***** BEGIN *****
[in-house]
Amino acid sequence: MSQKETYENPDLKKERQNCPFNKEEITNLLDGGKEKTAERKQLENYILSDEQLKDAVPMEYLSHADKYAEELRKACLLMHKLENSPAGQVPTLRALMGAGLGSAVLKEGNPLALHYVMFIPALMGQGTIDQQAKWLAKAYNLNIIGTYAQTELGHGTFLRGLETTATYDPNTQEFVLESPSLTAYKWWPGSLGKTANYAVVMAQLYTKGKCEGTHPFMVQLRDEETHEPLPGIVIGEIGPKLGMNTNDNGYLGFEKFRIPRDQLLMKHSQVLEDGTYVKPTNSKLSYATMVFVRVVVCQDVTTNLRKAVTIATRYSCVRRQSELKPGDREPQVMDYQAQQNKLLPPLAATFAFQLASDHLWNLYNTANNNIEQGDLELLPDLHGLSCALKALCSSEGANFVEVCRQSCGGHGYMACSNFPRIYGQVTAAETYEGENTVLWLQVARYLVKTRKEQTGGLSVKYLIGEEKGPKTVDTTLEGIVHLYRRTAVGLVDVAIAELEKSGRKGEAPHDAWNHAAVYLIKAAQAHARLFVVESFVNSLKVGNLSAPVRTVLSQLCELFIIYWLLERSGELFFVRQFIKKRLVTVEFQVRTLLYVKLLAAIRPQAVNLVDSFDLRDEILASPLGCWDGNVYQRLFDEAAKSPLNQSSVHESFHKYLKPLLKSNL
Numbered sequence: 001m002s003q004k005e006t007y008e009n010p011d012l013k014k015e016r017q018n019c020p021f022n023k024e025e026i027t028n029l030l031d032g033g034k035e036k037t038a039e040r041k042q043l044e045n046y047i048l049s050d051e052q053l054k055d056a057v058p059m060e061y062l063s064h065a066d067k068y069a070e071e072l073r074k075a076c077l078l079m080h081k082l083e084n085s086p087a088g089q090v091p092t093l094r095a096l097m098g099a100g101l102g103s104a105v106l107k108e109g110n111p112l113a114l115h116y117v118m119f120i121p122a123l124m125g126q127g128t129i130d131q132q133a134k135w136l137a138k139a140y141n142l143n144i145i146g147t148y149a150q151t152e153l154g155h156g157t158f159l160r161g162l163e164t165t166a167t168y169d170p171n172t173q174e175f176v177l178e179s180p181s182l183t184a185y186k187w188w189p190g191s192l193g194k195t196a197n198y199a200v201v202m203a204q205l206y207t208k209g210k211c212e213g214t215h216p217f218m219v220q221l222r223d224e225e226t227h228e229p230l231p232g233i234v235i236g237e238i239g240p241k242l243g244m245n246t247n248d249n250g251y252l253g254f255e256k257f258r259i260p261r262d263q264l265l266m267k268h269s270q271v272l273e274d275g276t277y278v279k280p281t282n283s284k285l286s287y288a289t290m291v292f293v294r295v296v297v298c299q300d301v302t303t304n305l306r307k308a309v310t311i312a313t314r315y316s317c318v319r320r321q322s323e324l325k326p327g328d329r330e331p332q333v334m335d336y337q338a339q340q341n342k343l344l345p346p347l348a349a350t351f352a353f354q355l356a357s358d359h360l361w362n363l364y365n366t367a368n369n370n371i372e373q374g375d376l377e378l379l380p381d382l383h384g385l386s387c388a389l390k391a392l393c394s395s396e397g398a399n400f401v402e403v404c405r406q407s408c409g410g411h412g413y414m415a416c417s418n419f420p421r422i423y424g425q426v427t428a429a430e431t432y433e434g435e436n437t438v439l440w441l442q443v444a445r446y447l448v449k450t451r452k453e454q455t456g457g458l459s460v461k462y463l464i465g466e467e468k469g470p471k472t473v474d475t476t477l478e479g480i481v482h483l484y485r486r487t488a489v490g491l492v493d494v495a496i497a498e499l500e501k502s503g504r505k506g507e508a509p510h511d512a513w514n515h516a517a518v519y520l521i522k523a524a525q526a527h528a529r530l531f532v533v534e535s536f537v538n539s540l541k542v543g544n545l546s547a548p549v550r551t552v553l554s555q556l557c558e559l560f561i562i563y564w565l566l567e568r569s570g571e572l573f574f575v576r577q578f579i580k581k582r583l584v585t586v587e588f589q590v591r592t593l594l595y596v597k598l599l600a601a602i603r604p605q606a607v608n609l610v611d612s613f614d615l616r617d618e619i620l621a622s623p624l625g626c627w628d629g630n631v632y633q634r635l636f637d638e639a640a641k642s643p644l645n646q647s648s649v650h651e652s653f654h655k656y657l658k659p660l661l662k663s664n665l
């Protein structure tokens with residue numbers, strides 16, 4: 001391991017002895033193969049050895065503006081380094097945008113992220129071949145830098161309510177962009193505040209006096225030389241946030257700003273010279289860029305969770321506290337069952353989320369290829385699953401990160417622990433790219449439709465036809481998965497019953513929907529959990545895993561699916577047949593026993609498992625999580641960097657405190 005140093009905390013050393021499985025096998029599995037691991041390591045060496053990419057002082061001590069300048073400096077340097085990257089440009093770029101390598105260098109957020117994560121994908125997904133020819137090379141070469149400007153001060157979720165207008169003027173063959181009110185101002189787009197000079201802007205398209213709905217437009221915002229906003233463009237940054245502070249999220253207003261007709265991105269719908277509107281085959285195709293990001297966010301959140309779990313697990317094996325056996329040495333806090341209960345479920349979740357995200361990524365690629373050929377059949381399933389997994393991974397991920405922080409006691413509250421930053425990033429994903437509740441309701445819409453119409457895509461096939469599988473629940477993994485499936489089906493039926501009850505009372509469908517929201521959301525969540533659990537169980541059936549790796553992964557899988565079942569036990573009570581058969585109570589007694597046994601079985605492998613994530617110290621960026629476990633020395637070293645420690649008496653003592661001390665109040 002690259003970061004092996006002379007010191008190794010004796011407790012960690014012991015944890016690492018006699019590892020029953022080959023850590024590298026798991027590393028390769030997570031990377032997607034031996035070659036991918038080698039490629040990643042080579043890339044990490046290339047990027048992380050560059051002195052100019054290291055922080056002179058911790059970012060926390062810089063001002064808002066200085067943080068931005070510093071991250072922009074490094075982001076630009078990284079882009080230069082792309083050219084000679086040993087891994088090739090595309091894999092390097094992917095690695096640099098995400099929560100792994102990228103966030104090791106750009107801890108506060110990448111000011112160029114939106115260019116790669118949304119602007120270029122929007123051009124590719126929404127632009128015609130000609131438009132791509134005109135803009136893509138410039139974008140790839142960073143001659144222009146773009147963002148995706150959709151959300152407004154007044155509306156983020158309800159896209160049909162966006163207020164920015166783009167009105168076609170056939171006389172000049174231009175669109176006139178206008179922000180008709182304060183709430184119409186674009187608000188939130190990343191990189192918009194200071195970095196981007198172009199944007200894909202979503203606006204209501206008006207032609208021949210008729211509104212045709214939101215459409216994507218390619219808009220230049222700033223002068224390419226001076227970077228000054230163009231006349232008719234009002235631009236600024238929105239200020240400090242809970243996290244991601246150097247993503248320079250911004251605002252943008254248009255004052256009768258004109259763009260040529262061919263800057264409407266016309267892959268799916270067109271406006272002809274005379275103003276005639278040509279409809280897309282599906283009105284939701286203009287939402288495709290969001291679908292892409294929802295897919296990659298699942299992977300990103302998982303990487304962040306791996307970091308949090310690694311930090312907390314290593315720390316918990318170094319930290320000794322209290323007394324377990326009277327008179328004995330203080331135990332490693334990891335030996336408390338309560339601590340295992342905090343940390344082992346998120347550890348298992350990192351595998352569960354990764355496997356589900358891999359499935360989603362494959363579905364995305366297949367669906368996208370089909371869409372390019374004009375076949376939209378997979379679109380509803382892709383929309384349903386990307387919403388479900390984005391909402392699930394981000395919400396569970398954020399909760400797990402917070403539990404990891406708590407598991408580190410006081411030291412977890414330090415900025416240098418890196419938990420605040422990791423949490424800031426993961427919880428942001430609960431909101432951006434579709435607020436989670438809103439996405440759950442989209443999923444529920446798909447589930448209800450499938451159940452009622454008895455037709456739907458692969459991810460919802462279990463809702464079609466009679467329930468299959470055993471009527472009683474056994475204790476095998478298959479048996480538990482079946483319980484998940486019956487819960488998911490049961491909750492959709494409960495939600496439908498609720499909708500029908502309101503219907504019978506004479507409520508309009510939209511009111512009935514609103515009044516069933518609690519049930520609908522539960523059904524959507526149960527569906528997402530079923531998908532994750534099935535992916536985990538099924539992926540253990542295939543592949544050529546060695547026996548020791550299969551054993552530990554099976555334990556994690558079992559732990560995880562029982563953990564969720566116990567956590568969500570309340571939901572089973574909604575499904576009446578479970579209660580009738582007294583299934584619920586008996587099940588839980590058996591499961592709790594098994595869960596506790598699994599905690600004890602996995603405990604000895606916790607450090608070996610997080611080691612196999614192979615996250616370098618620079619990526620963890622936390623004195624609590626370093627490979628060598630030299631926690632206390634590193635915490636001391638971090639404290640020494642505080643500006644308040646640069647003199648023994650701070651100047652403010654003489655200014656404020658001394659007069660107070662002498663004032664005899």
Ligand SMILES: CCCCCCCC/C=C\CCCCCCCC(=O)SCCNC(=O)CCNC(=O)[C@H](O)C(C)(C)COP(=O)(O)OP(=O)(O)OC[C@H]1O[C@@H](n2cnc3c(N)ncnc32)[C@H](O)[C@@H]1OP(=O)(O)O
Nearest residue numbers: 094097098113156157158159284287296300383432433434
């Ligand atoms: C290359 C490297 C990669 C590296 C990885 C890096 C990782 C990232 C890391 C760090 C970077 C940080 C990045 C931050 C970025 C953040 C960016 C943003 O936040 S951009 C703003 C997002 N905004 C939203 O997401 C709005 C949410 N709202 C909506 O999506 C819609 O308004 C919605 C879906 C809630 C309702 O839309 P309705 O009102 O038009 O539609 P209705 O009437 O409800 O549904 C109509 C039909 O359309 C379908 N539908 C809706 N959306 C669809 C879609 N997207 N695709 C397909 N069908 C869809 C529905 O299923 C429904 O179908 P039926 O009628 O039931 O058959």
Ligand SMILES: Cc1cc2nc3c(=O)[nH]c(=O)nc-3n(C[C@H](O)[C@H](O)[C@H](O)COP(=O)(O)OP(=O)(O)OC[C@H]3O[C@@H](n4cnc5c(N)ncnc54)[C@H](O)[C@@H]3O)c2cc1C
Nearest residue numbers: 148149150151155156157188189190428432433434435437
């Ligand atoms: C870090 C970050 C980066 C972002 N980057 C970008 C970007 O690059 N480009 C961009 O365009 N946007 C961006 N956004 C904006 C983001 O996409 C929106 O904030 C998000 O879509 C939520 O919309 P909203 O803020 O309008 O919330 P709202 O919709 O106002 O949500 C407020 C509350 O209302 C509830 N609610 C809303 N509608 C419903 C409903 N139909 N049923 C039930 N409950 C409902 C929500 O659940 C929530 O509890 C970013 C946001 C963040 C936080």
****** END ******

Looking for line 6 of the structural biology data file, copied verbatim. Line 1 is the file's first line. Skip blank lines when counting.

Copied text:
Nearest residue numbers: 094097098113156157158159284287296300383432433434